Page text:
Apr 14, 2005, 12:19 AM
Post #1 of 1
This is one of the more difficult things to do. Soft materials pose a problem in several aspects.
Tumbling softer materials.
First, they wear down faster, and if mixed in with harder materials in a grind, can wear down even faster.
Second, they don't polish as fast or as easily, and a number of "tricks" have to be used to get them to take a shine.
The fact that there are so many different variations and modifications of techniques is an indication that no one technique or "forumua" will work for everyone, all the time, or in all tumblers.
Also, because of the differences between rotating and vibrating tumblers, the techniques that work for one will almost certainly *not* work for the other. Rolling/rotating tumblers have significantly more impact than vibrating tumblers, which have a higher burnishing action. Yet, the shear number of micro impacts of the vibrating tumbler can add up, especially for materials like glass. If the load is too light, these micro impacts can cause flawed or internally fractured crystals and stones to break, usually in the later grinds.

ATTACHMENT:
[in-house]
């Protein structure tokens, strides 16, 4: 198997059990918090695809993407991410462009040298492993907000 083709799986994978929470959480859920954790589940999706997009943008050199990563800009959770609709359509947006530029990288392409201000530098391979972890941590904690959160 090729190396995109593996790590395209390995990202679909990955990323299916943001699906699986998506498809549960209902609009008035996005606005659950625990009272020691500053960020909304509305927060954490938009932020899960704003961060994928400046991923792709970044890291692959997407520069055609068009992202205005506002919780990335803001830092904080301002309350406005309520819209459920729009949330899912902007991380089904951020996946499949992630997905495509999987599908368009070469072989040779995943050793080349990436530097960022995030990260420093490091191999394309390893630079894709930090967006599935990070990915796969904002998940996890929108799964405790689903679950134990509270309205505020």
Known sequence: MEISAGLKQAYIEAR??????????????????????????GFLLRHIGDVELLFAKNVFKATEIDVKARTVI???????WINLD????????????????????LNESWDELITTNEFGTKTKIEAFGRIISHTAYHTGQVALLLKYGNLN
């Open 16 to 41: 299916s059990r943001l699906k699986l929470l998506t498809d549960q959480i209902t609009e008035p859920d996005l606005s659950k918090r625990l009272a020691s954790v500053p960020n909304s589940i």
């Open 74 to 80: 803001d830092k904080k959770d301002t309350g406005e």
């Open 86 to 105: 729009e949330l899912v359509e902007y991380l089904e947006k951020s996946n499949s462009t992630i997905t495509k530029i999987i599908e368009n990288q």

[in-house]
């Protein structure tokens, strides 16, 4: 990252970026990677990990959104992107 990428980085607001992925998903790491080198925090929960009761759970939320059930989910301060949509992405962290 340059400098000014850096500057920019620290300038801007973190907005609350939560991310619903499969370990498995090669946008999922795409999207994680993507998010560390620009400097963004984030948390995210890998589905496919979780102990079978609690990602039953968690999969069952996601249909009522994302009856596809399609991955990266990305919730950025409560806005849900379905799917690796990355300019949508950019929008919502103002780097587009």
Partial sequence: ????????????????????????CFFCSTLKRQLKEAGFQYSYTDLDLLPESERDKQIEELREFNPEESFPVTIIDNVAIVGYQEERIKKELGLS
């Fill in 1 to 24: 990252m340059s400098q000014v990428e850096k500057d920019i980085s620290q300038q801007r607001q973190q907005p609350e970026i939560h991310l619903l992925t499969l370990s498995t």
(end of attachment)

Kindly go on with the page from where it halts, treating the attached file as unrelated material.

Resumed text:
Softening the impact with plastic pellets works ok in a rolling tumbler, but seems to have the opposite effect in a vibrating one. Using plastic pellets in a vibrating tumlber's polish cycle seems to prevent polishing of many materials -- possibly due to the drastic interference with stone-to-stone contact. The use of corn syrup or sugar to increase viscosity also works, as does adding extra liquid to the vibrating tumbler to slow the motion down.
Polishing is more of an "art" than a science.